Some people may find it sacrilegious for “America’s Only Rock ’n’ Roll Magazine” to be doing a special edition on the Monkees. After all, they would argue, the Monkees were a product of “showbiz”—and “showbiz” has got nothing to do with rock ’n’ roll. Well, yes and no. As I’ve argued often during the last year, that doesn’t hold much water in an age where all kinds of “manufactured” groups, ranging from Duran Duran to almost any current heavy metal band, are treated with more respect than the Monkees ever could’ve hoped for in their own time.
But, even beyond that, “showbiz” has always been a part of rock ’n’ roll. It’s just depended on what the artist does with it. Kids have been going to rock ’n’ roll shows ever since Chuck Berry took his first duckwalk across a stage in the mid-’50s. Even the King made a series of “showbiz” movies, most of them awful (though a delight for little kids), and most of them hardly as good as the best shows of The Monkees series. And while The Monkees may not have compared to Richard Lester’s Beatles epics, A Hard Day’s Night and Help! (the prototypes for the series), John Kordosh, the senior editor of this mag, would argue endlessly that Head may well be the greatest rock ’n’ roll movie ever made. I’d have to agree that, at the very least, it certainly surpasses Purple Rain.
The Monkees have transcended rock ’n’ roll (and I mean that as a compliment) to become total, all-around entertainers. Bear in mind that, as child stars, Micky and Davy have been performing longer than many of us have been alive. Of course, the group always had—and always will have—a strong rock ’n’ roll base. Let’s not forget that the ’60s were a time of incredible creativity in all the arts, and the fact that the Monkees managed to do so well against such incredible competition speaks extremely well for them in retrospect. During the past several months, I’ve rediscovered songs I’d totally forgotten about: Monkee-composed tunes like “Tapioca Tundra,” “Daily Nightly,” “Little Girl,” “Goin’ Down” (rumored to be one of Lou Reed’s favorites—yeah!) and other songs addressed elsewhere in this issue. It’s all great rock ’n’ roll material. The Beatles liked the Monkees a lot (witness the quotes from Lennon, McCartney & Harrison in Iman Lababedi’s overview). With praise like that, does it really matter what the band’s detractors have to say?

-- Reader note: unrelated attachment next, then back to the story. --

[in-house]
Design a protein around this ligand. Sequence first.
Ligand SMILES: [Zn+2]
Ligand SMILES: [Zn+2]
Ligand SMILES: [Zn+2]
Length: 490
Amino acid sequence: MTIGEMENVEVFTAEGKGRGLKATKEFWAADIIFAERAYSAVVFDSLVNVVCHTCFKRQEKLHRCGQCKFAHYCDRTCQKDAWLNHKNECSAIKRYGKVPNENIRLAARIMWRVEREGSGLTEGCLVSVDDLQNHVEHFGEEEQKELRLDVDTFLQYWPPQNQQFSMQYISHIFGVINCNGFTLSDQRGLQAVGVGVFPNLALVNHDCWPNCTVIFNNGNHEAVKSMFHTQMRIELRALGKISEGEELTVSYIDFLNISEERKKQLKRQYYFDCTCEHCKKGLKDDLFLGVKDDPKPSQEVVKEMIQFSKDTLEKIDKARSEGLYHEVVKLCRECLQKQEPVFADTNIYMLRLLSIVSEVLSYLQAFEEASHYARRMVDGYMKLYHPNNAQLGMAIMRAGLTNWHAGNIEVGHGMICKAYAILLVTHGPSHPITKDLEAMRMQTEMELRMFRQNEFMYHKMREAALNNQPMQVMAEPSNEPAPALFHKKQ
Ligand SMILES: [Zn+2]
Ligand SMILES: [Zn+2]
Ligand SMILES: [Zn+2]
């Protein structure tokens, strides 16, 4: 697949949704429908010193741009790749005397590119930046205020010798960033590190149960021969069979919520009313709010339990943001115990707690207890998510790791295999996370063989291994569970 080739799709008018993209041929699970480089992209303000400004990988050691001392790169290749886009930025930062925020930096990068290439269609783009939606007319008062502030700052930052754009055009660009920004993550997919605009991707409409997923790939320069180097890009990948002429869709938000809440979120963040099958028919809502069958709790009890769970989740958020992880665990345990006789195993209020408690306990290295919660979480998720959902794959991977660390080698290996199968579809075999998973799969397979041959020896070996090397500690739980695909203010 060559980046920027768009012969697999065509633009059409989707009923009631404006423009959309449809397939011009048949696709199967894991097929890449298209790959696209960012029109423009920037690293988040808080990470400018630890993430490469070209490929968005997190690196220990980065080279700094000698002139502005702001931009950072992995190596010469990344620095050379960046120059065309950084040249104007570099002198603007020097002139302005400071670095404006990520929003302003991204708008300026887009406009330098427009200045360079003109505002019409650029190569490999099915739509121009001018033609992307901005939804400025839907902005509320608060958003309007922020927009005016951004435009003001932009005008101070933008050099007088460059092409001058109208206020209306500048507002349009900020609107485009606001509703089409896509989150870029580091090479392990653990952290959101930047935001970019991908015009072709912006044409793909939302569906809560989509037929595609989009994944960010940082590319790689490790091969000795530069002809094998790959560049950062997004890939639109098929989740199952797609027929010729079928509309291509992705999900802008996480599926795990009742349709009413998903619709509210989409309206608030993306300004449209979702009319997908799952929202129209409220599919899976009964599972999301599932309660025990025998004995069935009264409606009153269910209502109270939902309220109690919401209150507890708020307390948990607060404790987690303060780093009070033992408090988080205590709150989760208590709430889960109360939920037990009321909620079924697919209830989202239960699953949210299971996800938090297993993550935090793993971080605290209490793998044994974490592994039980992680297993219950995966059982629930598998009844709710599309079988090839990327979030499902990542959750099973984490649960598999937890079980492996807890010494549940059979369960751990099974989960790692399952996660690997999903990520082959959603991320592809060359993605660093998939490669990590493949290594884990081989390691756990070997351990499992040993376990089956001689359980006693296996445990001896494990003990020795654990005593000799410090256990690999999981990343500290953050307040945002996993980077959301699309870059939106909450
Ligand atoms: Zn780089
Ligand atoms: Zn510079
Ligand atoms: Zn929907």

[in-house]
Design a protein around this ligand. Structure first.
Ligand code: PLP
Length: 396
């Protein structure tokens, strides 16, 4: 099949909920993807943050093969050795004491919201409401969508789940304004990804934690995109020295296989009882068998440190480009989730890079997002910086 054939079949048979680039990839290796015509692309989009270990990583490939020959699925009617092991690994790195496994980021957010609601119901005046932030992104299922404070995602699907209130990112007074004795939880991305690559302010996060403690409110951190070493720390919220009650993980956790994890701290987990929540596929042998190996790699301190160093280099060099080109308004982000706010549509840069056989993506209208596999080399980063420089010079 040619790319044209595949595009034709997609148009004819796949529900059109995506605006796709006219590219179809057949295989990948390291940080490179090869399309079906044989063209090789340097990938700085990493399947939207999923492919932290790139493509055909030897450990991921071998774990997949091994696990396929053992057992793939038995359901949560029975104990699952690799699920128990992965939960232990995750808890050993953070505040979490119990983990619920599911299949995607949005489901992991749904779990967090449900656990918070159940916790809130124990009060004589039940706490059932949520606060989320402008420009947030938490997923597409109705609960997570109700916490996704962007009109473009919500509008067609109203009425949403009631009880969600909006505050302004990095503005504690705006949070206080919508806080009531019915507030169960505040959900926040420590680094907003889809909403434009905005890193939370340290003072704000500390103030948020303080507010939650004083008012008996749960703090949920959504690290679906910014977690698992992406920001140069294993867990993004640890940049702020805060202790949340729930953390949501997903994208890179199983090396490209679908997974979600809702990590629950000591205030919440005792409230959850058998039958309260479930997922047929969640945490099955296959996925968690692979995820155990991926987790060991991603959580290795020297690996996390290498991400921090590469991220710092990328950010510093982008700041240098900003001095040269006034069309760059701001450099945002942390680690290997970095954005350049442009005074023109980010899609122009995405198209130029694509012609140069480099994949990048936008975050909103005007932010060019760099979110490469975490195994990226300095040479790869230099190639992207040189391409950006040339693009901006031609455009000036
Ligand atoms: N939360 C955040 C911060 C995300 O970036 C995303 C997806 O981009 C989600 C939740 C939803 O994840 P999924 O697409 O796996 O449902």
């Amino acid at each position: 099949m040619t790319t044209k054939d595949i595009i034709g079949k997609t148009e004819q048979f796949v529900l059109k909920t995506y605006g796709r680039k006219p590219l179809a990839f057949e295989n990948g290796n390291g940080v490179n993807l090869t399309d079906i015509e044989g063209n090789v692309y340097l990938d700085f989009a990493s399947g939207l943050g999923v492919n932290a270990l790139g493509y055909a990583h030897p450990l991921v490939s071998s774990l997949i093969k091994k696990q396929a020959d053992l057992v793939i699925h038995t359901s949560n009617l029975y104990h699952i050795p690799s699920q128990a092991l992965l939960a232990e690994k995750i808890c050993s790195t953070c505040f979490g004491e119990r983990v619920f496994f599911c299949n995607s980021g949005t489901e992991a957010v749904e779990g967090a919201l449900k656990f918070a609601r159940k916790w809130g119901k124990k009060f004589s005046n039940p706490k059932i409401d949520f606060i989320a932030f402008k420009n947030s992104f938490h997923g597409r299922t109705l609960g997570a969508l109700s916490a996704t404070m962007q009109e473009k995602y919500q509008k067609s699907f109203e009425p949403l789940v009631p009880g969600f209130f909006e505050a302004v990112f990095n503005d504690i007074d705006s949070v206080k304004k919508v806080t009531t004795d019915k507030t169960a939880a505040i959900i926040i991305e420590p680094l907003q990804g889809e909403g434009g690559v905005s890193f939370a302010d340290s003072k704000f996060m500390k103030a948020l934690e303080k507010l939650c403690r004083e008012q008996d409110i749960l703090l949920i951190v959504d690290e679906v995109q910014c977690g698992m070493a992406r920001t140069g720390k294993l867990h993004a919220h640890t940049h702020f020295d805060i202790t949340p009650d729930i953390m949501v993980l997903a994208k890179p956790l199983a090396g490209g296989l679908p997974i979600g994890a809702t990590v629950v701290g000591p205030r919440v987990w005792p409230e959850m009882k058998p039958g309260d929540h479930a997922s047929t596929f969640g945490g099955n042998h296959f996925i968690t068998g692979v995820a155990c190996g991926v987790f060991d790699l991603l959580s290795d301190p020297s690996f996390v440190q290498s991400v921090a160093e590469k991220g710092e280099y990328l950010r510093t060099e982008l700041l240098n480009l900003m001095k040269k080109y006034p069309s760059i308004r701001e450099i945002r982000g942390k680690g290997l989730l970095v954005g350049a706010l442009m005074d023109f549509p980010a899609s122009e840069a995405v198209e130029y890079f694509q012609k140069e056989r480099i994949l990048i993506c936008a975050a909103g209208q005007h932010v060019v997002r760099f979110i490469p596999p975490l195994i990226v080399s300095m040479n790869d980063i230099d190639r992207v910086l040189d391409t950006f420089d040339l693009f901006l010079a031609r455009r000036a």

Many non-believers have condemned the Monkees for their recent reunion tour. Yet, Flo & Eddie have successfully toured as the Turtles with a highly entertaining show for the last several years. Why shouldn’t the Monkees be able to produce a show that’s just as entertaining? In fact, the two Monkees’ performances I saw this past year were as entertaining as any show I’ve ever seen, and that includes rock ’n’ roll, Broadway, and even Las Vegas. They’re still incredibly charming, and the chemistry between them is like magic. (During a photo session for this magazine, the threesome had photographer Bob Alford and I in stitches.)
But the audiences were the most incredible thing about these shows, as the age of those in attendance literally ranged from six to sixty. It almost looked like a latter-day Elvis Presley show. This more than anything proved to me that, like Elvis himself (though we can’t claim they were nearly as important or as innovative), the Monkees have gone beyond rock ’n’ roll to become great American entertainers, not to mention an American institution.
This issue doesn’t promise to be a Monkees history. There are several excellent books on the market right now to serve that purpose. What it does promise are three of the most recent interviews the Monkees have given (including a few things they’ve never talked about in print before), and some writers’ thoughts and perspectives on the phenomenon, as well as a revealing Mike Nesmith interview from several years ago.
The Monkees have a lot planned in the near future—new records, movies, books, TV specials, even a Broadway musical. We think they’re gonna be around for a long time to come. And we couldn’t be any happier about that.
Bill Holdship, Editor
P.S. Special thanks to Melanie Rodgers of Arista.